In this section:
Heating Fire Safety
The high cost of home heating fuels and utilities have caused many Americans to search for alternate sources of home heating. The use of wood burning stoves is growing and space heaters are selling rapidly, or coming out of storage. Fireplaces are burning wood and man made logs. All these methods of heating may be acceptable. They are however, a major contributing factor in residential fires. Many of these fires can be prevented. You can prevent the loss of life and property resulting from heating fires by being able to identify potential hazards and following the safety tips contained in the fact sheets on this page.
Each year fire claims the lives of 4,000 Americans, injures tens of thousands, and causes billions of dollars worth of damage. People living in rural areas are more than twice as likely to die in a fire than those living in mid-sized cities or suburban areas. The misuse of wood stoves, portable space heaters and kerosene heaters are especially common risks in rural areas.
The United States Fire Administration (USFA) believes rural fire problems can be reduced by teaching people to recognize the hazards. By following some of the outlined precautionary steps, individuals can greatly reduce their chances of becoming a fire casualty.
Check Your Hotspots
Wood stoves cause over 9,000 residential fires every year. Carefully follow the manufacturer's installation and maintenance instructions. Look for solid construction, such as plate steel or cast iron metal. Check for cracks and inspect legs, hinges and door seals for smooth joints and seams. Use only seasoned wood for fuel, not green wood, artificial logs, or trash. Inspect and clean your pipes and chimneys annually and check monthly for damage or obstructions. Be sure to keep combustible objects at least three feet away from your wood stove.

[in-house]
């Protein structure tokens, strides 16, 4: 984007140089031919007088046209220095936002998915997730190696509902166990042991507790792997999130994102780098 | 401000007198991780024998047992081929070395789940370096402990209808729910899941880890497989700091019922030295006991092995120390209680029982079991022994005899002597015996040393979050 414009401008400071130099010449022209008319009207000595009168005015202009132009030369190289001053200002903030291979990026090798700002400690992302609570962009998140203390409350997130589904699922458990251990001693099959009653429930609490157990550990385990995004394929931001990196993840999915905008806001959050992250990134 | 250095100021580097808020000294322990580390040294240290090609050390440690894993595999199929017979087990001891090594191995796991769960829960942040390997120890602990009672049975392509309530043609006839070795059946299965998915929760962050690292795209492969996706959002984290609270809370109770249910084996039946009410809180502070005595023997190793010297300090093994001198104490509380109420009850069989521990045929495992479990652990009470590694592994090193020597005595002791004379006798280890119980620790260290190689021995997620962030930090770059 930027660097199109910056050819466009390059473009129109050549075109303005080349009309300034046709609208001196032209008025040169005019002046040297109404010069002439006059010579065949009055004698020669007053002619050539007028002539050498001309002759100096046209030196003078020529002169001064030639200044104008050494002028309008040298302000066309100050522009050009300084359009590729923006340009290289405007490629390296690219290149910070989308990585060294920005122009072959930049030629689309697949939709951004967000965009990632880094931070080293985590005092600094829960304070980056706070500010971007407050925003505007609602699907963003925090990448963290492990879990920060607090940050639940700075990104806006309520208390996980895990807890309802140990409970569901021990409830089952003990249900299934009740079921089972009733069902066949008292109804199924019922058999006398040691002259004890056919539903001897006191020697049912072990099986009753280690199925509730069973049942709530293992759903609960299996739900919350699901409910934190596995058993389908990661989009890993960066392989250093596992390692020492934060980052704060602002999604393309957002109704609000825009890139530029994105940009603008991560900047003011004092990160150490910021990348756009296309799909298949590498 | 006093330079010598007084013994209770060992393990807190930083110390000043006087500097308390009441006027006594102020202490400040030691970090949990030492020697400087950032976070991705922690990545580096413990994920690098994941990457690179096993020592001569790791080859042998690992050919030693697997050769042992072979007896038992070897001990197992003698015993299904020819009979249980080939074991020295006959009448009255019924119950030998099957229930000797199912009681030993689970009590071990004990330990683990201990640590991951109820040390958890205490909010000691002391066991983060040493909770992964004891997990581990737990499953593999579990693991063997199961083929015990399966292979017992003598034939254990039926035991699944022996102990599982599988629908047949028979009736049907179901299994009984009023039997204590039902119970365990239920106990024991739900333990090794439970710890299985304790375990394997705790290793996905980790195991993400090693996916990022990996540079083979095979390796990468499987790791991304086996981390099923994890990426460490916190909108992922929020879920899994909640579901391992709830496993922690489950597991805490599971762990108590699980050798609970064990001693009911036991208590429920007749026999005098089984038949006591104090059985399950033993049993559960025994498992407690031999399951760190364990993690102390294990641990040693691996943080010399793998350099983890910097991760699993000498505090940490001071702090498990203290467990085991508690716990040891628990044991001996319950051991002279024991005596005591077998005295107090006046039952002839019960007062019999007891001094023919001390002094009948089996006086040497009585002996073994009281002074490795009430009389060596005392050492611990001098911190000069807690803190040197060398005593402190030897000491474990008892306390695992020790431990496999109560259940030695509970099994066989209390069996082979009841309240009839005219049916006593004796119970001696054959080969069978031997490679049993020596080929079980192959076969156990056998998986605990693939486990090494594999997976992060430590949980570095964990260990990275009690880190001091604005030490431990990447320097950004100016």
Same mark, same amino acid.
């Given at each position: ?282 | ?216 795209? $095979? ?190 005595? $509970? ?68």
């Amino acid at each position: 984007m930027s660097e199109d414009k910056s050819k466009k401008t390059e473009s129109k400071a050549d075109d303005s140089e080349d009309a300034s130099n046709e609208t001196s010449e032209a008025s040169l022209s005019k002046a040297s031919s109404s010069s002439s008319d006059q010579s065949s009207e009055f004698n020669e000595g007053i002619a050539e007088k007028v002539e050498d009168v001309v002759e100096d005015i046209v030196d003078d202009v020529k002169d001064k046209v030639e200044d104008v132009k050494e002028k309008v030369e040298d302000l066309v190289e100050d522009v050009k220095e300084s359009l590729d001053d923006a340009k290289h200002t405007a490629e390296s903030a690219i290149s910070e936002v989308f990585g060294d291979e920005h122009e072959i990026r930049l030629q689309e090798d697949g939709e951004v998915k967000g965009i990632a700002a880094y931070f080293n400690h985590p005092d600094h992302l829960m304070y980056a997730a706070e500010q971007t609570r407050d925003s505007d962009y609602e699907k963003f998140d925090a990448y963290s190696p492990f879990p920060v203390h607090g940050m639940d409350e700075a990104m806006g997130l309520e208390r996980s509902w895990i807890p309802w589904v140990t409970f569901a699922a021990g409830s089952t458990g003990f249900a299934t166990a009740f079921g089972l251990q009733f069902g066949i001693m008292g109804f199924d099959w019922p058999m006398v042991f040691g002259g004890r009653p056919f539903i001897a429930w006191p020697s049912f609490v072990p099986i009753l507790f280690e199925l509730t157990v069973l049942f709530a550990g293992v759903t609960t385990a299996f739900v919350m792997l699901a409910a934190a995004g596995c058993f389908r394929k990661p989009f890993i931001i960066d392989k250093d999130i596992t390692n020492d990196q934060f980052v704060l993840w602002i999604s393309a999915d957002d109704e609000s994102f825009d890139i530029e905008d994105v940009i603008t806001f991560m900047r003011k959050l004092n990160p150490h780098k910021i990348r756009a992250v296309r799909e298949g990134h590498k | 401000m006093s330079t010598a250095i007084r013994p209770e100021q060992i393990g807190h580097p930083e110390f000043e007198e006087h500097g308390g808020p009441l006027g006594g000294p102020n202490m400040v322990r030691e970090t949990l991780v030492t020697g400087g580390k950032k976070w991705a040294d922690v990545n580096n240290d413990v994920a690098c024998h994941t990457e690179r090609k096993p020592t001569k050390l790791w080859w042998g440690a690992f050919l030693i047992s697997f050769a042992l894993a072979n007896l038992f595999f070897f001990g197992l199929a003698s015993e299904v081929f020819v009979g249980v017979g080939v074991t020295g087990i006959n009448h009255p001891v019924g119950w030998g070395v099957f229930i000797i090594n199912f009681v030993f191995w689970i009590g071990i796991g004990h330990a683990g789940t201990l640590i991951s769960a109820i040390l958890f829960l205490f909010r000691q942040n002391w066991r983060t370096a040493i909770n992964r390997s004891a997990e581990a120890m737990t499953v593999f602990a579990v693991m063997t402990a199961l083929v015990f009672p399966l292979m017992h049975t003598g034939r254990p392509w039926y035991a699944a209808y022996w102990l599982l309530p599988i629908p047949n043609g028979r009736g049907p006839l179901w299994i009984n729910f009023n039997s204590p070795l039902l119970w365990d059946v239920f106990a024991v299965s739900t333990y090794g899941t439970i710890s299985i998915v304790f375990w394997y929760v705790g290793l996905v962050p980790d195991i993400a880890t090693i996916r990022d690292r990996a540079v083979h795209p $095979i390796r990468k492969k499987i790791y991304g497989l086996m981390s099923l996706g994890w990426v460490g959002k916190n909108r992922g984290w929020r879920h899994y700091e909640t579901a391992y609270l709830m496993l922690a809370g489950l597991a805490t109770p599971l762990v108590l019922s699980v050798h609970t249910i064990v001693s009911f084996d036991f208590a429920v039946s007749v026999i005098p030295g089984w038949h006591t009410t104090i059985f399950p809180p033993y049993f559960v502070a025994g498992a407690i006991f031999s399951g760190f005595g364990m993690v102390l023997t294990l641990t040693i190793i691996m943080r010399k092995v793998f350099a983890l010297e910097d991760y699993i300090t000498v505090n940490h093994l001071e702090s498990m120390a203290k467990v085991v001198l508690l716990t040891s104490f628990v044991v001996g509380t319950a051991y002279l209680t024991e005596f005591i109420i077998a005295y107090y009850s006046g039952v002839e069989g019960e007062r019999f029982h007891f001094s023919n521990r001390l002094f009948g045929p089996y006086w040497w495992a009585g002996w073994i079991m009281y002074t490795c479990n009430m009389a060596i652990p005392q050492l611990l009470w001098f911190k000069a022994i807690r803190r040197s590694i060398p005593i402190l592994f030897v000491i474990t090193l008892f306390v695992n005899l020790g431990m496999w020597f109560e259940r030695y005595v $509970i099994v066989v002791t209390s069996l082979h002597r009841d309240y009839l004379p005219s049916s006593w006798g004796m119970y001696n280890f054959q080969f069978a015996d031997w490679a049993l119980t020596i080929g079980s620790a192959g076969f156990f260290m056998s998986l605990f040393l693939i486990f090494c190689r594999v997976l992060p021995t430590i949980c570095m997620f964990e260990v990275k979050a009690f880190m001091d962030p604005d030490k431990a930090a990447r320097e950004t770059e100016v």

Electric Space Heaters
Buy only heaters with the Underwriter's Laboratory (UL) safety listing. Check to make sure it has a thermostat control mechanism, and will switch off automatically if the heater falls over. Heaters are not dryers or tables; don't dry clothes or store objects on top of your heater. Space heaters need space; keep combustibles at least three feet away from each heater. Always unplug your electric space heater when not in use.
Buy only UL-approved heaters and check with your local fire department on the legality of kerosene heater use in your community. Never fill your heater with gasoline or camp stove fuel; both flare-up easily. Only use crystal clear K-1 kerosene. Never overfill any portable heater. Use the kerosene heater in a well ventilated room.
Fireplaces regularly build up creosote in their chimneys. They need to be cleaned out frequently and chimneys should be inspected for obstructions and cracks to prevent deadly chimney and roof fires. Check to make sure the damper is open before starting any fire. Never burn trash, paper or green wood in your fireplace. These materials cause heavy creosote buildup and are difficult to control. Use a screen heavy enough to stop rolling logs and big enough to cover the entire opening of the fireplace to catch flying sparks. Don't wear loose-fitting clothes near any open flame. Make sure the fire is completely out before leaving the house or going to bed. Store cooled ashes in a tightly sealed metal container outside the home.
Finally, having a working smoke alarm dramatically increases your chances of surviving a fire. And remember to practice a home escape plan frequently with your family.
More than one-third of Americans use fireplaces, wood stoves and other fuel-fired appliances as primary heat sources in their homes. Unfortunately, many people are unaware of the fire risks when heating with wood and solid fuels.
Heating fires account for 36% of residential home fires in rural areas every year. Often these fires are due to creosote buildup in chimneys and stovepipes. All home heating systems require regular maintenance to function safely and efficiently.
The United States Fire Administration (USFA) encourages you to practice the following fire safety steps to keep those home fires safely burning. Remember, fire safety is your personal responsibility ...Fire Stops With You!
Keep Fireplaces and Wood Stoves Clean
Safely Burn Fuels
Protect the Outside of Your Home
Protect the Inside of Your Home